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      Job attitudes and career behaviors relating to employees' perceived incorporation of artificial intelligence in the workplace: a career self-management perspective

      ,
      Personnel Review
      Emerald

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          Abstract

          Purpose

          Artificial intelligence (AI) continues to be deployed in workplaces. While there are many positive outcomes of AI integration, understanding the extent of its consequences on employees is limited. Hence, this study examines employee perceptions of AI and the consequent influences on employee job attitudes and career behaviors. Utilizing the career self-management perspective, the authors explore the mechanisms related to employee perceptions of AI and potential career exploration behaviors.

          Design/methodology/approach

          The authors tested several hypotheses using employee survey data ( N = 345 call center agents) collected from a firm that recently integrated AI in their operations. The authors collected data on four occasions (one-week intervals between data collection) to determine employee perceptions of AI taking over jobs (Time 1); job insecurity (Time 2); psychological distress (Time 3); and career exploration behavior (Time 4).

          Findings

          The findings reveal that perceptions of AI taking over jobs are significantly associated with higher career exploration behaviors. In addition, the authors found job insecurity and psychological distress as pathways that explain why employees having perceptions of AI taking over their jobs influences their career exploration behaviors.

          Originality/value

          These findings fill a gap in the literature by revealing how AI integration in the workplace, despite its many positive outcomes for organizations, can have a negative influence on employees. The negative employee perceptions of AI can lead to career exploration behaviors. From the career self-management perspective, the authors offer novel insights that have practical implications for talent management, particularly the need to communicate effectively to employees about AI integration in the workplace to avoid them feeling threatened and leaving their jobs.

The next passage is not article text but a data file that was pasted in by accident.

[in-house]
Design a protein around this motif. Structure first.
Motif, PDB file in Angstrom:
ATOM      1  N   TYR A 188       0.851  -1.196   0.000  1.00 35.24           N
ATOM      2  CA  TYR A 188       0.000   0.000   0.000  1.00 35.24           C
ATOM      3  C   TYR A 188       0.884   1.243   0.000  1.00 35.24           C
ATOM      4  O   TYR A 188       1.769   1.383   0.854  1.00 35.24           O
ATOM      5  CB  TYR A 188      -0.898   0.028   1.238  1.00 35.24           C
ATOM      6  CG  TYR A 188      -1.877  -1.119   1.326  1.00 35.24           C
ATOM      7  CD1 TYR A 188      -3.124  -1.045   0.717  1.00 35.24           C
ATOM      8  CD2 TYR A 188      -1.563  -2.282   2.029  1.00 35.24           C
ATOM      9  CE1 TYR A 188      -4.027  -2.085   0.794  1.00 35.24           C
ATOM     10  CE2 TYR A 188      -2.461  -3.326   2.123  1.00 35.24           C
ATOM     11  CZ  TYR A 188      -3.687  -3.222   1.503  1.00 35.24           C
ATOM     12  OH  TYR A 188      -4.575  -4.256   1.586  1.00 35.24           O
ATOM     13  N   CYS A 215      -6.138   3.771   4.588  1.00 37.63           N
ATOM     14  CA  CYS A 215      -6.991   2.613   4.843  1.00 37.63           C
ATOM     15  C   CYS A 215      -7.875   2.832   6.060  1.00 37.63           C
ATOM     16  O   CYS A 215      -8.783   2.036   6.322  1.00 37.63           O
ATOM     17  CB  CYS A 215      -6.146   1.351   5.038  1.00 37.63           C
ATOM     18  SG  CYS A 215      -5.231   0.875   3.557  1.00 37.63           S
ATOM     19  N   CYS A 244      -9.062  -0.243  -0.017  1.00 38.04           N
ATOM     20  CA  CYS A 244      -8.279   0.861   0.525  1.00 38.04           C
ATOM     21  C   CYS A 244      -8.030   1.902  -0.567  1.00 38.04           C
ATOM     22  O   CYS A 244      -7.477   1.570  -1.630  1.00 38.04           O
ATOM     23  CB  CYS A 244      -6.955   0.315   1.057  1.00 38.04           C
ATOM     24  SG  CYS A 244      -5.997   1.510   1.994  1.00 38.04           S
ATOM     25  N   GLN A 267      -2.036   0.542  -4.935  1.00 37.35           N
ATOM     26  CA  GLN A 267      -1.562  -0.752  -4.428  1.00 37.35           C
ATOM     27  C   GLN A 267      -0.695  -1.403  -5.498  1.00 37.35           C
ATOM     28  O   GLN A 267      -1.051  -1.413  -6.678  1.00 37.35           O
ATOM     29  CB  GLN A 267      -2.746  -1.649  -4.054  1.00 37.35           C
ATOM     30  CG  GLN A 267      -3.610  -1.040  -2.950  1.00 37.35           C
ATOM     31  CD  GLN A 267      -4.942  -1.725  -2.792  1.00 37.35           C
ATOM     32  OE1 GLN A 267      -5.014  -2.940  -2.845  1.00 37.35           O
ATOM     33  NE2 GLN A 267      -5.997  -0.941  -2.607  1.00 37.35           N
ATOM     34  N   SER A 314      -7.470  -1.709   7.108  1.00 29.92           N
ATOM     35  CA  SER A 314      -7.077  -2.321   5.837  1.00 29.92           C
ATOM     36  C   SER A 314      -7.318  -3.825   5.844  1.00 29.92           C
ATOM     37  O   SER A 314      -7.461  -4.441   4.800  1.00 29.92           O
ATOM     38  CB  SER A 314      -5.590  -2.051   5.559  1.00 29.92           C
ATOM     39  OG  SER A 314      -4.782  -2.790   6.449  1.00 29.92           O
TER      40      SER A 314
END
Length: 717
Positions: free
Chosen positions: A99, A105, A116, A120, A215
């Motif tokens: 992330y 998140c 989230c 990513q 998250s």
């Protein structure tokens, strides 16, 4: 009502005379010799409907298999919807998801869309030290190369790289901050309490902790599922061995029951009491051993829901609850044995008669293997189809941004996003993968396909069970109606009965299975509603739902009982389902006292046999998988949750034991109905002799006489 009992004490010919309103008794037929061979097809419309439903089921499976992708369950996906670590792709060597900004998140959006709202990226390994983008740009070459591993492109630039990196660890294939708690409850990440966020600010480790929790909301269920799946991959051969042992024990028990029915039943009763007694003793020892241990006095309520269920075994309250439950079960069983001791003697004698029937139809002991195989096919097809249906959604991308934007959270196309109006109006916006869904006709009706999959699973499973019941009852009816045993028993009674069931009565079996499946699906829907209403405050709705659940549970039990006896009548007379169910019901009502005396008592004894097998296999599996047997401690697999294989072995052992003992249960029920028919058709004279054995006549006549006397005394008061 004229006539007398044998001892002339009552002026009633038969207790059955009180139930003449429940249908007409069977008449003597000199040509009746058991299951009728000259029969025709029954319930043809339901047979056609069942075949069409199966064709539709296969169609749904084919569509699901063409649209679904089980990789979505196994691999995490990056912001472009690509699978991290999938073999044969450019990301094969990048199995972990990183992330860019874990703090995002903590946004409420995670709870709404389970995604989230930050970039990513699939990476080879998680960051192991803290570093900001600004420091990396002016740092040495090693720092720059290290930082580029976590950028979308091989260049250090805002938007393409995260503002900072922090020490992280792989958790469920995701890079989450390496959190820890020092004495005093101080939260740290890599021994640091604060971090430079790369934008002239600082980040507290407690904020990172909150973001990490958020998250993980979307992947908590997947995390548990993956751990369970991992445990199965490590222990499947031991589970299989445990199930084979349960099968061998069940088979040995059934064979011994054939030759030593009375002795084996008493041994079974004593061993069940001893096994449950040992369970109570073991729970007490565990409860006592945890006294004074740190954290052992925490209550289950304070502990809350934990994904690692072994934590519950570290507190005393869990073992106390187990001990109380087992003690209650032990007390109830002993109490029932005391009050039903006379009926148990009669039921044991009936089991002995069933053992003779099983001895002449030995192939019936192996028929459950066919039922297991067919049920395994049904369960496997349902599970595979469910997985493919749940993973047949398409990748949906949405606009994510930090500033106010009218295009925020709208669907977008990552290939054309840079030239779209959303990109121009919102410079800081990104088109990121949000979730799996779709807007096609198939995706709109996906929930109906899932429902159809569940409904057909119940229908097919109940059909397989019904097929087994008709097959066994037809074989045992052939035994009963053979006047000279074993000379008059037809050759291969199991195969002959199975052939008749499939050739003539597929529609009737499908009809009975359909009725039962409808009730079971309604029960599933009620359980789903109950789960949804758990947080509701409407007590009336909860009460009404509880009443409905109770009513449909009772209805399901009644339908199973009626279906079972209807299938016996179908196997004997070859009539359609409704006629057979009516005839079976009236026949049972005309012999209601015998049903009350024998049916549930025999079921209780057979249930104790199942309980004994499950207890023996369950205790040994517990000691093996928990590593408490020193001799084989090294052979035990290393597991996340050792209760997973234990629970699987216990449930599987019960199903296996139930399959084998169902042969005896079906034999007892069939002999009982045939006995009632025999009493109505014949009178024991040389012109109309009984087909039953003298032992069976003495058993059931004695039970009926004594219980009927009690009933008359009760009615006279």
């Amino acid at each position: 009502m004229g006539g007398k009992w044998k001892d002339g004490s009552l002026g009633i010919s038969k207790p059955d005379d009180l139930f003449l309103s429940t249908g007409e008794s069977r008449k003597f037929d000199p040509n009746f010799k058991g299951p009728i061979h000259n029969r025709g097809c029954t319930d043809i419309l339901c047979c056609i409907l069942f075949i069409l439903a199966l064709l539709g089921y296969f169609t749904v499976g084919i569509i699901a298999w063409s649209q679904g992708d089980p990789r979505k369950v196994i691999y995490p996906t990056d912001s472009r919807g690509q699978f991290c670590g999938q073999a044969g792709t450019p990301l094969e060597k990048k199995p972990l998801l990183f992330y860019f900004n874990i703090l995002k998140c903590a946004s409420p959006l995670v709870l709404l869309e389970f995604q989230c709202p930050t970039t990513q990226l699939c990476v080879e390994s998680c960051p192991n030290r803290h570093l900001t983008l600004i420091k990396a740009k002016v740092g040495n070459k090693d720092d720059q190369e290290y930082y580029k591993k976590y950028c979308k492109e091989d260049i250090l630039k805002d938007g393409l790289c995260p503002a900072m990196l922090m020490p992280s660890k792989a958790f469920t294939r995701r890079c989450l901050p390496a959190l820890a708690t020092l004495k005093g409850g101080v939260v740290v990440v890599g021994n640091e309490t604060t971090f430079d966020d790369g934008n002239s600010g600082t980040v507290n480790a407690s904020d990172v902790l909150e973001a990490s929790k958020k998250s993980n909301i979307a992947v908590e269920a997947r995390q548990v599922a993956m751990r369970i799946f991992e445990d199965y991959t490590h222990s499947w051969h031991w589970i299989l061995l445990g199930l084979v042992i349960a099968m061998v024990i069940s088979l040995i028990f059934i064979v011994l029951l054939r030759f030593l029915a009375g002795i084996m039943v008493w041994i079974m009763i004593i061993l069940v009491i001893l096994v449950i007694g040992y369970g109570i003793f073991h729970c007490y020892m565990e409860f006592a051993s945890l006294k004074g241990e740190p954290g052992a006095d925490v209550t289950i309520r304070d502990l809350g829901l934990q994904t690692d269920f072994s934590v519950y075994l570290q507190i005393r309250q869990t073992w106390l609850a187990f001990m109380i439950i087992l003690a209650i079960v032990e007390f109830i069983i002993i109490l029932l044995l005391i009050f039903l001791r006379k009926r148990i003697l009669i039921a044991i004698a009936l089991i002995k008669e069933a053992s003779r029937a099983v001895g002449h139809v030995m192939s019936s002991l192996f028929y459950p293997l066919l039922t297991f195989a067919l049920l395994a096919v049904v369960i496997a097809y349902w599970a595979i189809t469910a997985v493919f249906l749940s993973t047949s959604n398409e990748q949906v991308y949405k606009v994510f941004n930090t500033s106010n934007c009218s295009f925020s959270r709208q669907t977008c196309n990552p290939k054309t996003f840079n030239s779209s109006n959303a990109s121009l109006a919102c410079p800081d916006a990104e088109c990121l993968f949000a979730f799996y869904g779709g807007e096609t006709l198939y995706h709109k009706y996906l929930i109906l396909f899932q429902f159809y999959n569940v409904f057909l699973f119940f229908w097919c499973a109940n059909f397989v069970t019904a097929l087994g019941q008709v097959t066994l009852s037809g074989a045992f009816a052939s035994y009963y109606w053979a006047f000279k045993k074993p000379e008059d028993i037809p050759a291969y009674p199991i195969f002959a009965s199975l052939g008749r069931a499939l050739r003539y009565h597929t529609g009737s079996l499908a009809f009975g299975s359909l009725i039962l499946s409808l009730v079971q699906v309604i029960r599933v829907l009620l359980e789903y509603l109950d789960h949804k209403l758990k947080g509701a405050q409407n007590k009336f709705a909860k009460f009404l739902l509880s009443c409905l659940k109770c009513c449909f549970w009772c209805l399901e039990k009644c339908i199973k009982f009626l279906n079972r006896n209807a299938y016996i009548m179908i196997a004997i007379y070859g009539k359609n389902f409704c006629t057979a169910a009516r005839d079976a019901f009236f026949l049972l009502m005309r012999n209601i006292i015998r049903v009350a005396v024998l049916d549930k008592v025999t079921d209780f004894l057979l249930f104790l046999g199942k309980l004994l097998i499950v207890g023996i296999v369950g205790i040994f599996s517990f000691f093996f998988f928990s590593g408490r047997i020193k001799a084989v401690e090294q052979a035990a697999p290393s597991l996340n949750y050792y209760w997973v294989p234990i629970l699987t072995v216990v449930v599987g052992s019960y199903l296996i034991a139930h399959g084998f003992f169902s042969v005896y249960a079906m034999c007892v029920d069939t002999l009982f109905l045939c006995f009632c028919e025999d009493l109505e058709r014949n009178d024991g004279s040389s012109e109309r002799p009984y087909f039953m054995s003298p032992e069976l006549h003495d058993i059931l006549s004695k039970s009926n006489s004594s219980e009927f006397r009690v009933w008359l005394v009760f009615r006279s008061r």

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          Most cited references54

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          Sources of method bias in social science research and recommendations on how to control it.

          Despite the concern that has been expressed about potential method biases, and the pervasiveness of research settings with the potential to produce them, there is disagreement about whether they really are a problem for researchers in the behavioral sciences. Therefore, the purpose of this review is to explore the current state of knowledge about method biases. First, we explore the meaning of the terms "method" and "method bias" and then we examine whether method biases influence all measures equally. Next, we review the evidence of the effects that method biases have on individual measures and on the covariation between different constructs. Following this, we evaluate the procedural and statistical remedies that have been used to control method biases and provide recommendations for minimizing method bias.
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            Fit indices in covariance structure modeling: Sensitivity to underparameterized model misspecification.

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              The MOS 36-ltem Short-Form Health Survey (SF-36)

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                Author and article information

                Contributors
                (View ORCID Profile)
                (View ORCID Profile)
                Journal
                Personnel Review
                PR
                Emerald
                0048-3486
                April 25 2022
                May 15 2023
                April 25 2022
                May 15 2023
                : 52
                : 4
                : 1169-1187
                Article
                10.1108/PR-02-2021-0103
                bd83be74-9bd2-46bb-8eb6-ff66609ece72
                © 2023

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